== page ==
Who Sees in Secret
Updated: Dec 3, 2019
6 “Beware of practicing your righteousness before other people in order to be seen by them, for then you will have no reward from your Father who is in heaven.
2 “Thus, when you give to the needy, sound no trumpet before you, as the hypocrites do in the synagogues and in the streets, that they may be praised by others. Truly, I say to you, they have received their reward. 3 But when you give to the needy, do not let your left hand know what your right hand is doing, 4 so that your giving may be in secret. And your Father who sees in secret will reward you.
5 “And when you pray, you must not be like the hypocrites. For they love to stand and pray in the synagogues and at the street corners, that they may be seen by others. Truly, I say to you, they have received their reward. 6 But when you pray, go into your room and shut the door and pray to your Father who is in secret. And your Father who sees in secret will reward you.
7 “And when you pray, do not heap up empty phrases as the Gentiles do, for they think that they will be heard for their many words. 8 Do not be like them, for your Father knows what you need before you ask him. 9 Pray then like this:
“Our Father in heaven,
hallowed be your name.
Your kingdom come,
your will be done,
on earth as it is in heaven.
Give us this day our daily bread,
and forgive us our debts,
as we also have forgiven our debtors.
And lead us not into temptation,
but deliver us from evil.
14 For if you forgive others their trespasses, your heavenly Father will also forgive you, 15 but if you do not forgive others their trespasses, neither will your Father forgive your trespasses.
16 “And when you fast, do not look gloomy like the hypocrites, for they disfigure their faces that their fasting may be seen by others. Truly, I say to you, they have received their reward. 17 But when you fast, anoint your head and wash your face, 18 that your fasting may not be seen by others but by your Father who is in secret. And your Father who sees in secret will reward you.
This week let’s have some time for introspection. Let’s take stock of what is going on in our hearts in a practical way by looking at some examples of what Jesus is talking about here.
Practicing righteousness in order to be seen by others:
This is something that we can find on social media posts. When we're posting our daily devotional, when we're expressing holy thoughts or feelings on social media, what is our motivation behind it? Are we heaping up words in front of our peers in order to find our validation through their praise of your wisdom, our discernment, of our abilities to write eloquently? Or are we sharing from a place of knowing that God is the one who validates us, therefor simply offering an encouragement to someone, or wanting to show how God is moving in our hearts?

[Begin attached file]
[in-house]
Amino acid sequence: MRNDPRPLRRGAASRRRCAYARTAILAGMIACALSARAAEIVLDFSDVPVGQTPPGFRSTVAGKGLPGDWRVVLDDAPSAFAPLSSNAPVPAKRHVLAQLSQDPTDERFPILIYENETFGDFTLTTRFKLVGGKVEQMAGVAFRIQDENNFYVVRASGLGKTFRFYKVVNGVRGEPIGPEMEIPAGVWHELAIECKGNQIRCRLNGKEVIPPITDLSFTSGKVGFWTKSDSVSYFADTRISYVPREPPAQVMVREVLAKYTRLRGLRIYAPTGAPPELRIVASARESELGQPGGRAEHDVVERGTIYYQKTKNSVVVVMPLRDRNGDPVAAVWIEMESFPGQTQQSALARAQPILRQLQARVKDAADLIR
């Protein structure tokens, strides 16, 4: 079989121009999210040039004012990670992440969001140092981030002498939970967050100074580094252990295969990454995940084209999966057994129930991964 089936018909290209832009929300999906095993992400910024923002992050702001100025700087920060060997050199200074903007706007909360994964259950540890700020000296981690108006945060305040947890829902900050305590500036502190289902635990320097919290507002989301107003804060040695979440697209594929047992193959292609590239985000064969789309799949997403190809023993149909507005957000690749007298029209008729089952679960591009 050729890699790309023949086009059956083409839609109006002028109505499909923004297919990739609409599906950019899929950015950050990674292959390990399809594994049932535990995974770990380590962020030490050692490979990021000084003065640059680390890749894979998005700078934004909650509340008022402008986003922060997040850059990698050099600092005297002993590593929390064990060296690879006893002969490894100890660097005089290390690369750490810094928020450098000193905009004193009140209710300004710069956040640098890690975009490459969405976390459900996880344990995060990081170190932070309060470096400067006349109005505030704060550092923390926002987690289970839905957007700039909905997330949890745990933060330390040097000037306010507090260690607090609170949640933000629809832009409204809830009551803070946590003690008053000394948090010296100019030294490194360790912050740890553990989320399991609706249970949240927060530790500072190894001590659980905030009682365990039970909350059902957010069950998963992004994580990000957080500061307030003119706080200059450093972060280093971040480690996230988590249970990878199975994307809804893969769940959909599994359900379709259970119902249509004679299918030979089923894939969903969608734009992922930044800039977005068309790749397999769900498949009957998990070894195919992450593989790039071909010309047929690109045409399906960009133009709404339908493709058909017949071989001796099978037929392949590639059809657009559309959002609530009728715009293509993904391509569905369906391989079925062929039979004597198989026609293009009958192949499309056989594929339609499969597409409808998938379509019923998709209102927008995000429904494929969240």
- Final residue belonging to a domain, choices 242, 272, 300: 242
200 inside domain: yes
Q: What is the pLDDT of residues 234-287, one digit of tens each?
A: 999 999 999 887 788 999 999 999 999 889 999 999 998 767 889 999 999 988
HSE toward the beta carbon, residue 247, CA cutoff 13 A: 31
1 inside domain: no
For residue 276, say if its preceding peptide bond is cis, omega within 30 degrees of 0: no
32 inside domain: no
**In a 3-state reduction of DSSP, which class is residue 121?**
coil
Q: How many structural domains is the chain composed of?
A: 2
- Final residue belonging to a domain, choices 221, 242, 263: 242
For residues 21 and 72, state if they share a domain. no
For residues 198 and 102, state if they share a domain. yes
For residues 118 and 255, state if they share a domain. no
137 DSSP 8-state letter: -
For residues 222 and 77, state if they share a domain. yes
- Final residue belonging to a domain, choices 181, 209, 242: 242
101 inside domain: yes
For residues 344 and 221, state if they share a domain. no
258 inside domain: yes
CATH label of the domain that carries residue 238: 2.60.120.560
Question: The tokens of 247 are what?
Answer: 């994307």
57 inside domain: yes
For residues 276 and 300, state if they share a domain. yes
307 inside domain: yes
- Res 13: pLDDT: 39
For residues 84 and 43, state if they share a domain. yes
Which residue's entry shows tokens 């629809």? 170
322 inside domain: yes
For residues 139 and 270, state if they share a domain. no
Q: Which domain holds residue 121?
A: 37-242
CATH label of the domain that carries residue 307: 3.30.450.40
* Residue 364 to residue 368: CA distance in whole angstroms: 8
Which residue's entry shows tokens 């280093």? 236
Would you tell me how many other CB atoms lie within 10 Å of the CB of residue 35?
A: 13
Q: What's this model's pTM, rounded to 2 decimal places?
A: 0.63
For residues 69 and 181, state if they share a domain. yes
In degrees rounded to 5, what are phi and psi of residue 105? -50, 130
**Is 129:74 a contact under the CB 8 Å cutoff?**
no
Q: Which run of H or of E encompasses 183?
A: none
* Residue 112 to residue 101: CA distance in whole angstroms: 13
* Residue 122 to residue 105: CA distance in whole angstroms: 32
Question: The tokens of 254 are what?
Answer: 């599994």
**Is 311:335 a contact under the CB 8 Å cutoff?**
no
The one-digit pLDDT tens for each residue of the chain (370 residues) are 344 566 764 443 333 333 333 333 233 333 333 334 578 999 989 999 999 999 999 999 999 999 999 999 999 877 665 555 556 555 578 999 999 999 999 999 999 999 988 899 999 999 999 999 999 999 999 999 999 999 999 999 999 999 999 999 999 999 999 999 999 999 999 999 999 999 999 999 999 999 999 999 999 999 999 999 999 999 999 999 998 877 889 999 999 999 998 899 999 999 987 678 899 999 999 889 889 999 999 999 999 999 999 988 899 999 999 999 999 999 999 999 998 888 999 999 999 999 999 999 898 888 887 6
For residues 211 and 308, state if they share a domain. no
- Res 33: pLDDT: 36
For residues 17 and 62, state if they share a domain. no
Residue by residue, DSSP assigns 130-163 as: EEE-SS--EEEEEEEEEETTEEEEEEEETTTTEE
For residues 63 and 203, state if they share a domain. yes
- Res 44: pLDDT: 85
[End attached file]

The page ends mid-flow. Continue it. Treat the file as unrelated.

Giving to the needy in order to be praised:
Do we use our service opportunities as a photo opportunity? Do we find ourselves wanting to share what we are doing for the less fortunate in order to hear praise from others? Are we sharing our experiences in order to raise awareness? Are we using your influence in our peer group to shed light on people in less fortunate circumstances—in order that they might come to understand why we are passionate about serving people in this capacity?
Our prayer is a reflection of our relationship with God:
When we pray, are we using this as an opportunity to grow our relationship with the Father? Are we relying on His power, His wisdom, His might, His love to move in regard to what we are asking of Him? If asked to pray aloud in a ministry situation are we using that to make ourselves sound more holy, more wise, or are we simply speaking to the creator? When we make intercession for others are we using flowery words that aren’t necessary? Are we trying to impress even God with the way we speak and the way our prayers are worded?
Mercy is one of God’s greatest attributes:
When we resolve a conflict and offer mercy to someone, is it a true extension of God’s mercy? Does our mercy come without stipulation— as God’s does? Are we able to let things go and move forward in love, grace, and work toward kingdom building? Do we value and honor God’s ministry of reconciliation? How have we been able to show true mercy to someone who has wronged us? Who is the hardest person to extend God’s mercy to?
Spiritual practices done for the public eye:
Here Jesus gives the example of fasting and putting on a show about it. We can do this in any spiritual practice, any instance of trial or testing can be used here as well. Do we use these opportunities to grow with God or to complain about what we’re going through? Are we seeing the purpose behind the pain or are we simply letting the pain be the focal point? Are we boasting in our weakness that His strength would be made clear or are we simply just boasting?
Many times through this passage Jesus says “your Father who is in secret”. Not that God should ever BE a secret, but God wants our relationship with Him to be a private affair. He desires intimacy and he desires for us to have a relationship with Him outside of our relationships with others. He does not want to be used as a show piece, but as the center piece of our hearts and lives. So what does that look like for us? Have we been living a life where on the outside we honor God with our mouth but our hearts are far from Him? If our answer is yes, there’s good news for us, because admitting that is the first step to recovering our relationship with God. Often it’s said that if we find ourselves far from God it’s because we moved, He never did. But just as with the prodigal son, He is always waiting with arms wide open for his children to return to Him.